How to Use a Pedometer

Research has shown that pedometers work best at speeds of 3 mph or greater. One of the advantages of piezoelectric pedometers is their sensitivity, allowing them to have greater accuracy at slower speeds. Because they rely on the motion of your body, walkers who use pedometers should avoid shuffling their feet or ambling. Picking the feet up properly and taking steps will allow your pedometer to count steps.

Regardless of which type of pedometer you choose, you will find that there are a variety of features available. Many of the most basic pedometers are simple step counters, with no advanced features. They strive for reliability, accuracy and long battery life. More advanced pedometers are able to count not only steps, but calories burned (most of these require you to enter your weight or BMI) and distance travelled (these require you to measure your stride length and input this information.) Some pedometers also come with software and the ability to connect to a computer so that you can record your progress. Many pedometers have a memory that will record up to seven days activity, which is a convenient feature if you don't always have time to record your steps each day.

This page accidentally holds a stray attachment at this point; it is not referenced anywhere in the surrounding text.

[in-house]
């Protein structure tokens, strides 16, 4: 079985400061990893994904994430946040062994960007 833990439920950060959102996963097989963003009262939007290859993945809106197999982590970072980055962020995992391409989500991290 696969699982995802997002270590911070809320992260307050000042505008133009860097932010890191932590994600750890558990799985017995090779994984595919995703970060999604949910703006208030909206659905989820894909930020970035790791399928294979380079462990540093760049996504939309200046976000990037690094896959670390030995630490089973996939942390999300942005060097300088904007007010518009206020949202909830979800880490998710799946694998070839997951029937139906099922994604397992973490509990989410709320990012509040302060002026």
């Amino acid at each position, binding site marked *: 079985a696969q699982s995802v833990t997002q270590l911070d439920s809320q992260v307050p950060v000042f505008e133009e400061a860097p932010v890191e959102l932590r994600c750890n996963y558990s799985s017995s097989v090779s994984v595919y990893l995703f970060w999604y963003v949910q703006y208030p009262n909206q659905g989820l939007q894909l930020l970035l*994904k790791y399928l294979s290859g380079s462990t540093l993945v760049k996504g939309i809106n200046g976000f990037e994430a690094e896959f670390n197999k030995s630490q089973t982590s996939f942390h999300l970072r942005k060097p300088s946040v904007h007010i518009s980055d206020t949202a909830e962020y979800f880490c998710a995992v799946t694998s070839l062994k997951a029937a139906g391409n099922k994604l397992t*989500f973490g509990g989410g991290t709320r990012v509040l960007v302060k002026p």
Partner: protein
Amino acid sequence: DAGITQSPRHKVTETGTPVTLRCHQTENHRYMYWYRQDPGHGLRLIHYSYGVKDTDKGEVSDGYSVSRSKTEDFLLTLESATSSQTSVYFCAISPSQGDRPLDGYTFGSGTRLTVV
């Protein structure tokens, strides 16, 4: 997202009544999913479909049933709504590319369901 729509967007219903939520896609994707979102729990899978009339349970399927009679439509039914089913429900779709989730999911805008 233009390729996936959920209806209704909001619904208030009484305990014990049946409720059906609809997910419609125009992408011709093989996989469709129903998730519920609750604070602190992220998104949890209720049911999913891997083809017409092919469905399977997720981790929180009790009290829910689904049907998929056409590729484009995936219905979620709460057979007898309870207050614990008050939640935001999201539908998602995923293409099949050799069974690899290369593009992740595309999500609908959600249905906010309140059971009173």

There are two ways to use your pedometer. One is to activate it first thing in the morning, and wear it all day so that it can record all of your activity for the day. The other is to attach the pedometer right before your walk or jog and wear it for the duration of your exercise time. It is a good idea to find out how many days worth of activity your pedometer will save in the memory (if it has this feature) and also whether your pedometer automatically resets, or must be manually reset before using each day. Many pedometers require you to push a button to reset the counter, but there are some, such as the Omron Hj-112 that automatically reset each day at midnight.